Three Presidents Walk into a Room ...
For a while now I’ve had a play in my head called “Three Presidents” that, not being a playwright, I haven’t had the wherewithal to think through. The third and sixteenth presidents of the United States meet in front of the White House and introduce themselves. Number 16 knows all about Number 3, of course, while Number 3 is at once charmed and slightly disconcerted that in its selection of presidents like Number 16, the country has become so populist, so …Jeffersonian. After remarking on how the White House is rather less approachable than in their own times, the two men eventually file through security into the West Wing, and finally are escorted into the Oval Office. This in itself captivates them, since the Oval Office as we now know it is less than 80 years old. The former presidents hand their coats to the valet and make themselves at home, and after a brief interlude begin to wonder aloud when the current president will appear, at which point the rather bemused black man holding their coats informs his predecessors that the current president has already appeared.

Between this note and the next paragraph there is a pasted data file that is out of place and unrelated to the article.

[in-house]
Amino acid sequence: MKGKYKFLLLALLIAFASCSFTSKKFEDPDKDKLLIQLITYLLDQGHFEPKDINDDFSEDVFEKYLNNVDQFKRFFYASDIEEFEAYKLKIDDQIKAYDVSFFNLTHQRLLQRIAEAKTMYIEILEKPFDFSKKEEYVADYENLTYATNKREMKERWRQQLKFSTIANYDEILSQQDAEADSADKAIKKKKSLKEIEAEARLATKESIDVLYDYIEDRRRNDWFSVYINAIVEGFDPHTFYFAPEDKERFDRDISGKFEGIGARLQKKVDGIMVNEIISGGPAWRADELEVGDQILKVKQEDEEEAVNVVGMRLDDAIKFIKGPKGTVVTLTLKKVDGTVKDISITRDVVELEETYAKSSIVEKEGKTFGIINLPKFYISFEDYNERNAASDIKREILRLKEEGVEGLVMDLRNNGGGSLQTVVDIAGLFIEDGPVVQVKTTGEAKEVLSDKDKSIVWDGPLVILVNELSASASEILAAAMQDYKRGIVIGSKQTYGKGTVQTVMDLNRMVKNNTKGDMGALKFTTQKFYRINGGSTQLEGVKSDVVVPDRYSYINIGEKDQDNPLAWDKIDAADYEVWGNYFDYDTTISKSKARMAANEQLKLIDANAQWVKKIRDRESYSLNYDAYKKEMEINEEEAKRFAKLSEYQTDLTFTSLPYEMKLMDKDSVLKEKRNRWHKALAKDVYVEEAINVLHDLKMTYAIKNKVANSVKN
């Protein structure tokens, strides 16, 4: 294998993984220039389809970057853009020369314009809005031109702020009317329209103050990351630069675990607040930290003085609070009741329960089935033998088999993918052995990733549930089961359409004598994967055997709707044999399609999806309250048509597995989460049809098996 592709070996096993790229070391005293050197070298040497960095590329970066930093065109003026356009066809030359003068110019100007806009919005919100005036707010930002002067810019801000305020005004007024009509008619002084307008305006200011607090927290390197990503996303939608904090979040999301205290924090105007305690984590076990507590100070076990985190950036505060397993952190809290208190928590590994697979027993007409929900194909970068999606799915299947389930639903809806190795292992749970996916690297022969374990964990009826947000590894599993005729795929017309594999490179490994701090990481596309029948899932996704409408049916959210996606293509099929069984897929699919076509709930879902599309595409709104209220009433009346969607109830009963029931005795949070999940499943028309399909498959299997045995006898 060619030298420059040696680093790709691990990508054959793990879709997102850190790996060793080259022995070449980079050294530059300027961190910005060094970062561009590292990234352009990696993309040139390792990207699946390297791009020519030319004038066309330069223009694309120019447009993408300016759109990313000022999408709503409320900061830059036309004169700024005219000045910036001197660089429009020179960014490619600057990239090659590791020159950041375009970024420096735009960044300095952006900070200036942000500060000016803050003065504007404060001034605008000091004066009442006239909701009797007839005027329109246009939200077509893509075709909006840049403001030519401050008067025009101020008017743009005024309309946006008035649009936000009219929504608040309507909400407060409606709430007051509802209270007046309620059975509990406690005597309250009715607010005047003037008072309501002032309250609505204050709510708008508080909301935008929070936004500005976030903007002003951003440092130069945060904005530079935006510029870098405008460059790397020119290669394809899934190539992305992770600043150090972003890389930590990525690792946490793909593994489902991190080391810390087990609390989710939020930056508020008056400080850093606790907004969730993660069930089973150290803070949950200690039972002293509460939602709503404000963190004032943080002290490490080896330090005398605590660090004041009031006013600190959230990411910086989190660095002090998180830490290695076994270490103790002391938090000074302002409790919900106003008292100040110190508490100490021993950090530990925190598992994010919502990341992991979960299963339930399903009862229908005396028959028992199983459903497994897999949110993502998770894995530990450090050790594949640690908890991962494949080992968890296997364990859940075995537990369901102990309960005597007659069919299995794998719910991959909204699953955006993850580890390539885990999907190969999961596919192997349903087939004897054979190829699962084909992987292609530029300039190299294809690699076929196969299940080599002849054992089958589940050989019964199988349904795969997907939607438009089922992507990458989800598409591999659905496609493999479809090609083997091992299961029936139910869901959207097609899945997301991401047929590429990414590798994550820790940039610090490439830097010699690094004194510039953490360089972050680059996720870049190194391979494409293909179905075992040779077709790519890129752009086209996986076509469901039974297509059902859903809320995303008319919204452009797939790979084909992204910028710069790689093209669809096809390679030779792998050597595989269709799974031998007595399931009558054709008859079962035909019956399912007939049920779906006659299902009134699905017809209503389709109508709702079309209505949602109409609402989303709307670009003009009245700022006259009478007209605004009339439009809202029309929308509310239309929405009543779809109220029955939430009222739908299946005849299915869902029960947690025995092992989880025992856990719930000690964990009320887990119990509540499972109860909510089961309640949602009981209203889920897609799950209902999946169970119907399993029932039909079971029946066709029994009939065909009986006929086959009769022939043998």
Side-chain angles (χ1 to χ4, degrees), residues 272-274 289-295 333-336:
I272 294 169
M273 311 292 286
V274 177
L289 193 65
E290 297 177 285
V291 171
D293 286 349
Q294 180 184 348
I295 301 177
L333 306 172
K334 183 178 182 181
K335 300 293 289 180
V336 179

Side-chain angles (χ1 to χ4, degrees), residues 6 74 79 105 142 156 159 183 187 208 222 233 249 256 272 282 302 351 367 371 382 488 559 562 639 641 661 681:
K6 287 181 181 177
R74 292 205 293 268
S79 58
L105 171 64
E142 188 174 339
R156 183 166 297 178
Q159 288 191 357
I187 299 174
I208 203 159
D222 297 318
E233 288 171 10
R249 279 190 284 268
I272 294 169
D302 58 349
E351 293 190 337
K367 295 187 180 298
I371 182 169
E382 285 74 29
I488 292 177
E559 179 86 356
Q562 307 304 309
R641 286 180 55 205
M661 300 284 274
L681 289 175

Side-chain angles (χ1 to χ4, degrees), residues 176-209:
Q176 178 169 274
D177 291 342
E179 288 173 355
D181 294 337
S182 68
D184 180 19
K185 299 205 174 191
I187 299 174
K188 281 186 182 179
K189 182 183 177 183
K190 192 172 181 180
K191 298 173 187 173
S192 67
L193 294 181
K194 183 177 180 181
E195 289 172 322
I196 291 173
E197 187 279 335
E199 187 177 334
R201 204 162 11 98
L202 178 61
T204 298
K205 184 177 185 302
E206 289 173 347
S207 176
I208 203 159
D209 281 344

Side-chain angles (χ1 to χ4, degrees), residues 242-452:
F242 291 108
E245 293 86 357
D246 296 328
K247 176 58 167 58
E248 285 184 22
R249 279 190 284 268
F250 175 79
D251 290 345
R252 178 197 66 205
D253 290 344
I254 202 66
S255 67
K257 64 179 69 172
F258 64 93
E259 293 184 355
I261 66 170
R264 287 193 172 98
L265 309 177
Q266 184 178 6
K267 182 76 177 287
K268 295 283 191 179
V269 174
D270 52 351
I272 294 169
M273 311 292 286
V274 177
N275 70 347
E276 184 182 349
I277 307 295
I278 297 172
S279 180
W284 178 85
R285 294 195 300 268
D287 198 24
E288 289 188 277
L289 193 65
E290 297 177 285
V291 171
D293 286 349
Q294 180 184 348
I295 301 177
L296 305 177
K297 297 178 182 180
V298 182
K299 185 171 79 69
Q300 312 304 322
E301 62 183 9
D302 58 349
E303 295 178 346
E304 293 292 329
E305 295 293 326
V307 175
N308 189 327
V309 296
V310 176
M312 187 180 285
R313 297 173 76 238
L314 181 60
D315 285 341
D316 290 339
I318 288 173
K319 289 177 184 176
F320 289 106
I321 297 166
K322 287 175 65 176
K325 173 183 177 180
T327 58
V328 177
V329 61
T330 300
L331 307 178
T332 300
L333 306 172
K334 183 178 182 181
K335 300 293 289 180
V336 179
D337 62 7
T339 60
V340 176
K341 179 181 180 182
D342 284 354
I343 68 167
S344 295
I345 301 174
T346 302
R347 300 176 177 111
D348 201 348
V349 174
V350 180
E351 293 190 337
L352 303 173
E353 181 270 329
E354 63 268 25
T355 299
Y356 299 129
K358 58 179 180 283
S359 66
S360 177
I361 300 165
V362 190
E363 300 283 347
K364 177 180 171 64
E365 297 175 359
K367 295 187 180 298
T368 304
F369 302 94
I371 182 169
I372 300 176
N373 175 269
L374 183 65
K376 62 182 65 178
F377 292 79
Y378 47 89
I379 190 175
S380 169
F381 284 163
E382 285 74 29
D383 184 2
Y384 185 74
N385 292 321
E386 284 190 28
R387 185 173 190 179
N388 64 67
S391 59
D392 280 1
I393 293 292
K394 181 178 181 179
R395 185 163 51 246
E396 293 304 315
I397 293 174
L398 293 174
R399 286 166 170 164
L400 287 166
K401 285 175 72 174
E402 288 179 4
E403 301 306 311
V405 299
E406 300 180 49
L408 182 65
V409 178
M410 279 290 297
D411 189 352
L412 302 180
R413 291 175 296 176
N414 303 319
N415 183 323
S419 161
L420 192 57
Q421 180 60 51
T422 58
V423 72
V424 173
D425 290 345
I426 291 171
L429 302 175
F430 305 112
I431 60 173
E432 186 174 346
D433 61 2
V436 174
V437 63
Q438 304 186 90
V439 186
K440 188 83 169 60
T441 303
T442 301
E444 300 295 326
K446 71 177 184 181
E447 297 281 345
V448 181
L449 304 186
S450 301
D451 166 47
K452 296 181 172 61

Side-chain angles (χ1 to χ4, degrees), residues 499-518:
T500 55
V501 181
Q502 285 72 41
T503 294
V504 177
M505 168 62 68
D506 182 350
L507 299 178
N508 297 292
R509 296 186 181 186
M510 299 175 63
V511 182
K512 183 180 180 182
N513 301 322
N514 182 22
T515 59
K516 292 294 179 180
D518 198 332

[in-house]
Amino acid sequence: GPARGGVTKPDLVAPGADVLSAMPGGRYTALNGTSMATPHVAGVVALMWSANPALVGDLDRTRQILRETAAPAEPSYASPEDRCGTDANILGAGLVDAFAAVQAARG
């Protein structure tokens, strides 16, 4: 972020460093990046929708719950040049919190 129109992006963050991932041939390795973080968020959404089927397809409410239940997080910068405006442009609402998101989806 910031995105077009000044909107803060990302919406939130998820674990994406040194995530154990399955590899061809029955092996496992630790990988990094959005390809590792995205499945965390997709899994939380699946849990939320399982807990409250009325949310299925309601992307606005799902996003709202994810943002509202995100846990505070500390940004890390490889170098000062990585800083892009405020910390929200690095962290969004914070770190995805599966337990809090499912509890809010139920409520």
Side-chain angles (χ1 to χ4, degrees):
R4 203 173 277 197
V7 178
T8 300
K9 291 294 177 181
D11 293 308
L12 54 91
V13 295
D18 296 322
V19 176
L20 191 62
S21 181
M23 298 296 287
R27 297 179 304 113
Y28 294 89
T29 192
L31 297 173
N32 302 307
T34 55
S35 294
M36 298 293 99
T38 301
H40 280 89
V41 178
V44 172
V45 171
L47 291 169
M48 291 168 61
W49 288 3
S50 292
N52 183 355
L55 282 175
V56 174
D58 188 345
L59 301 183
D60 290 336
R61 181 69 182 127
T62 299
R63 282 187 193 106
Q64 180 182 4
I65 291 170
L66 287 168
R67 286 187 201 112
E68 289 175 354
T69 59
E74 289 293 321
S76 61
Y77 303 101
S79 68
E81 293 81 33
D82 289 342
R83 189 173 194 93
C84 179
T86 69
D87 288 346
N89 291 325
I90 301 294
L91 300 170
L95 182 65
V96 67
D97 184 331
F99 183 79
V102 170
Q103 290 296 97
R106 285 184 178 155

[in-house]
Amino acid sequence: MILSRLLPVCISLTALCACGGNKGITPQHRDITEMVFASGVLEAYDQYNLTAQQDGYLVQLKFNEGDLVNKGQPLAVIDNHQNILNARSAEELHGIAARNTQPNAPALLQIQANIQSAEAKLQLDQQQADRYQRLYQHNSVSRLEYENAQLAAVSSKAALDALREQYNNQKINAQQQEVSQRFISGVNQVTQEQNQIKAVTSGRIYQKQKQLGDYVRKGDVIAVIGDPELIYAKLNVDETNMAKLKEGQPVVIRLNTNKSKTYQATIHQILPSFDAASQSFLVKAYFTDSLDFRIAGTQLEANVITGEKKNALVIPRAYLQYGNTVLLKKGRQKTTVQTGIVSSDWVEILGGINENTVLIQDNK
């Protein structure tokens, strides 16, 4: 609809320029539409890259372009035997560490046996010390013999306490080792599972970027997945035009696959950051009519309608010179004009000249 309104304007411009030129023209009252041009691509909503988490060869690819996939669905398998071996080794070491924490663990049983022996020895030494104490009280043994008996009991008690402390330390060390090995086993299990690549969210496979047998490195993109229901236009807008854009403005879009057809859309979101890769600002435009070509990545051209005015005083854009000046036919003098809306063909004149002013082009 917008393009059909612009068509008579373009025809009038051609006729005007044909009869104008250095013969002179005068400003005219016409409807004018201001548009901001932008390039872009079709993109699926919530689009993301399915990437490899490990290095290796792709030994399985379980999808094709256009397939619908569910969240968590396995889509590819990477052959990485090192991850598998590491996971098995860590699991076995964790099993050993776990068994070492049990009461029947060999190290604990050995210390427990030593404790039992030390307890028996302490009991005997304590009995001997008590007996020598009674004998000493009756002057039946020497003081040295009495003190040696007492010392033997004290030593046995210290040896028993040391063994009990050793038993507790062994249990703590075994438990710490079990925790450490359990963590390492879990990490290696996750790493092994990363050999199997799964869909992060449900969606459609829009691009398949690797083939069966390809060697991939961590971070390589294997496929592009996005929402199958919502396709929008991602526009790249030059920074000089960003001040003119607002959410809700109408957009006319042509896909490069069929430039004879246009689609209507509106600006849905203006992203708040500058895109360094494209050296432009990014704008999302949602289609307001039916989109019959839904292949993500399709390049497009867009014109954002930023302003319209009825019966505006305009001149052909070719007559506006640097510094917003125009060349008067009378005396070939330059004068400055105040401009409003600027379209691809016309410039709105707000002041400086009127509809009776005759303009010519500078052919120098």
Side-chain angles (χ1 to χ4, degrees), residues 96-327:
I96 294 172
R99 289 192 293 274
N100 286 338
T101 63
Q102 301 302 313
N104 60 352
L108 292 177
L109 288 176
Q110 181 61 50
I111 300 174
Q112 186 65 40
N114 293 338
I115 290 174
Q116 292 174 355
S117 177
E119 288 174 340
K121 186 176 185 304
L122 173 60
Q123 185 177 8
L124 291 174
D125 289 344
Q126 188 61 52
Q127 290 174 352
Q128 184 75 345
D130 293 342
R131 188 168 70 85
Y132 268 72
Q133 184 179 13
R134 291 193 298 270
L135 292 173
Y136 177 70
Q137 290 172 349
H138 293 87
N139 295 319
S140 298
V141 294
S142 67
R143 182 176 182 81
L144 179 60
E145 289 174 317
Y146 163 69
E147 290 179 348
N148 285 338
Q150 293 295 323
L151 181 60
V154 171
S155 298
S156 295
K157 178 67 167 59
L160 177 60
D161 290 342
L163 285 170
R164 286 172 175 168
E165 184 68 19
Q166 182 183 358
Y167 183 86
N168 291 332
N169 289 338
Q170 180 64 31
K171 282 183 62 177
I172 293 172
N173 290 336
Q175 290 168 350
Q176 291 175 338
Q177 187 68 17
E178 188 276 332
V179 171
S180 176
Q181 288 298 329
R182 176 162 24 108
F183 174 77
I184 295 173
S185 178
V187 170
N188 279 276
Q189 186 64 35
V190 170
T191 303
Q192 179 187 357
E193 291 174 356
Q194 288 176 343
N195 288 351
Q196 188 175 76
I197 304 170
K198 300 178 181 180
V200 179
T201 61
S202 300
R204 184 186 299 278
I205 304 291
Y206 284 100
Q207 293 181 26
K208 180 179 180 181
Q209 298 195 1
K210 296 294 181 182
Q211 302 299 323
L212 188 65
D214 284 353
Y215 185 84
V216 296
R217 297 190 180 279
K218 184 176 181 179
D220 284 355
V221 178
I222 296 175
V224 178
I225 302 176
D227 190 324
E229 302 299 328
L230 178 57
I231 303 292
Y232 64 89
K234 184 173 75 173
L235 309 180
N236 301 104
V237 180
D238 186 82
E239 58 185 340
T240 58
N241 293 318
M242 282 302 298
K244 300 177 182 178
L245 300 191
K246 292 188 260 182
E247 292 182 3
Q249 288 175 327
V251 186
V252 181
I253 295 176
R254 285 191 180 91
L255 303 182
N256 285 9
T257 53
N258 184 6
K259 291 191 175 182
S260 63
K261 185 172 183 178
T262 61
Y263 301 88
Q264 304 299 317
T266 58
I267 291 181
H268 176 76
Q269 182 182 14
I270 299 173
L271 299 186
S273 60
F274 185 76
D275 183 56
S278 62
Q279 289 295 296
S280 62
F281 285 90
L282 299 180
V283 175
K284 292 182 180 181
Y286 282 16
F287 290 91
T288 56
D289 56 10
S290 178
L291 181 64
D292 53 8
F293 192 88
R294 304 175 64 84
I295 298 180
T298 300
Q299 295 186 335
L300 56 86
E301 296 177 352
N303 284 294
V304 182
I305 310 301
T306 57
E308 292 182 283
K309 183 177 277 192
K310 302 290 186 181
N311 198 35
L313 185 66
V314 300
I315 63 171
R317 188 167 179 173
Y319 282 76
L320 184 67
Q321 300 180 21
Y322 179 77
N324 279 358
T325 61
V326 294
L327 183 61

America is encrypted in the mathematical sequence 3 > 16 > 44. For different reasons, Thomas Jefferson, Abraham Lincoln, and Barack Obama are in the news lately—one the subject of two books, the other of a movie, the third of an election. They are related by more than their office; in one fashion or another, the great national crucible of race lies at the center of each of their stories. Jefferson embodies the American contradiction, his thoughts and actions and life all at odds. As a young member of the Virginia legislature when the state still was a British colony, he introduced futile anti-slavery measures before going back home where his slaves awaited him, just as he wrote an anti-slavery clause in the Declaration of Independence that was excised in part so that his own state would sign. Cheap psychoanalysis is irresistible. Did Jefferson strike anti-slavery postures that he knew were doomed, so that he could tell himself he tried to live up to his ideals in the face of both his own corruption and a system that allowed more for that corruption than for idealism? As the years passed, his excuses grew more feeble as circumstances grew more complicated—including the 37-year relationship with a slave by whom he had six children, and finances so ruinous that, put crudely, his slaves were among his only assets—until at the end, the man whose written words of equality electrified the world couldn’t bring himself to write the word “slavery” in his otherwise exhaustive correspondence with rival John Adams. Jefferson was America walking like a man, to paraphrase a Robert Johnson blues—its idealism and betrayal, its transcendence and rapaciousness.